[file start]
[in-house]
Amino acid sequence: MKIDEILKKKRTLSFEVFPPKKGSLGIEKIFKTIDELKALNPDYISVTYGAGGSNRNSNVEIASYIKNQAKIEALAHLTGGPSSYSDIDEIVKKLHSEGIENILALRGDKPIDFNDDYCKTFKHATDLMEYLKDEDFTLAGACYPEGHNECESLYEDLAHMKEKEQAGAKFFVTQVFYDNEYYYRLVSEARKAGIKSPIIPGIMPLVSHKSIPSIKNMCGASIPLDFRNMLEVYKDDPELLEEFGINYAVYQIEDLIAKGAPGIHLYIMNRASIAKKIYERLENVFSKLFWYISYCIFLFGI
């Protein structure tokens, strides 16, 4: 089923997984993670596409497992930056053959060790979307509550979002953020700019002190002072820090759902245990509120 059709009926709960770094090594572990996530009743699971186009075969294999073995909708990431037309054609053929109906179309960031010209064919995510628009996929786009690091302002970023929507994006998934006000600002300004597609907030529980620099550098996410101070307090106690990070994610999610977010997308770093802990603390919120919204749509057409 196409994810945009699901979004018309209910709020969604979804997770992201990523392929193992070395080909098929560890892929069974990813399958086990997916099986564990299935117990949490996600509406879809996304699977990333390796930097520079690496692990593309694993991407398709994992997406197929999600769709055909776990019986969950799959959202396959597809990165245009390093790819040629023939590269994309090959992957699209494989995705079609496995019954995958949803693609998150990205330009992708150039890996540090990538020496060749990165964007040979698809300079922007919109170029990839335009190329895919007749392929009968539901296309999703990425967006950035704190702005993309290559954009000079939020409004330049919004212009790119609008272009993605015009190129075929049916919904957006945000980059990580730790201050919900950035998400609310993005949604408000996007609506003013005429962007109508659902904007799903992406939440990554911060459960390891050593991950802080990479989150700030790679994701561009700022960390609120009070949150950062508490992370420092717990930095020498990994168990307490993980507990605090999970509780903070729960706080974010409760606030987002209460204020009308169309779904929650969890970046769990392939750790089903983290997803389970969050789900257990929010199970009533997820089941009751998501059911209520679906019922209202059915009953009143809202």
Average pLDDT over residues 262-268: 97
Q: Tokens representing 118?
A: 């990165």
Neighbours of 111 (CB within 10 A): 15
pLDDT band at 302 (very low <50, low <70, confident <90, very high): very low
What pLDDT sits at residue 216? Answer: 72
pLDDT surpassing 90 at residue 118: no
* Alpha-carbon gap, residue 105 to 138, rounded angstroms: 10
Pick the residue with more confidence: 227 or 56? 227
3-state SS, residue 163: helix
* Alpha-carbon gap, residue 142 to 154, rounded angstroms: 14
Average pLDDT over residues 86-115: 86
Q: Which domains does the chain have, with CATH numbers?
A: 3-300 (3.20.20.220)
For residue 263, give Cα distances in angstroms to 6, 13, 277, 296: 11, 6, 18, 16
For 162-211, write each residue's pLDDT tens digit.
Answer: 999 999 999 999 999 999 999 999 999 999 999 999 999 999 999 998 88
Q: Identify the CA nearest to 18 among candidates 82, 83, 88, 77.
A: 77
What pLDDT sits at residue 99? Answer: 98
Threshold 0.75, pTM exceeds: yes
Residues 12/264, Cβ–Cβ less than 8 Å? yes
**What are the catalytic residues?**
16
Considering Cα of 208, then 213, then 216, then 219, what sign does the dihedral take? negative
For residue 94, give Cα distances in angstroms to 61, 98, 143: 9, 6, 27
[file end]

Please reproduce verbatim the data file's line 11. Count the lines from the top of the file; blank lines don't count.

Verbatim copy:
* Alpha-carbon gap, residue 105 to 138, rounded angstroms: 10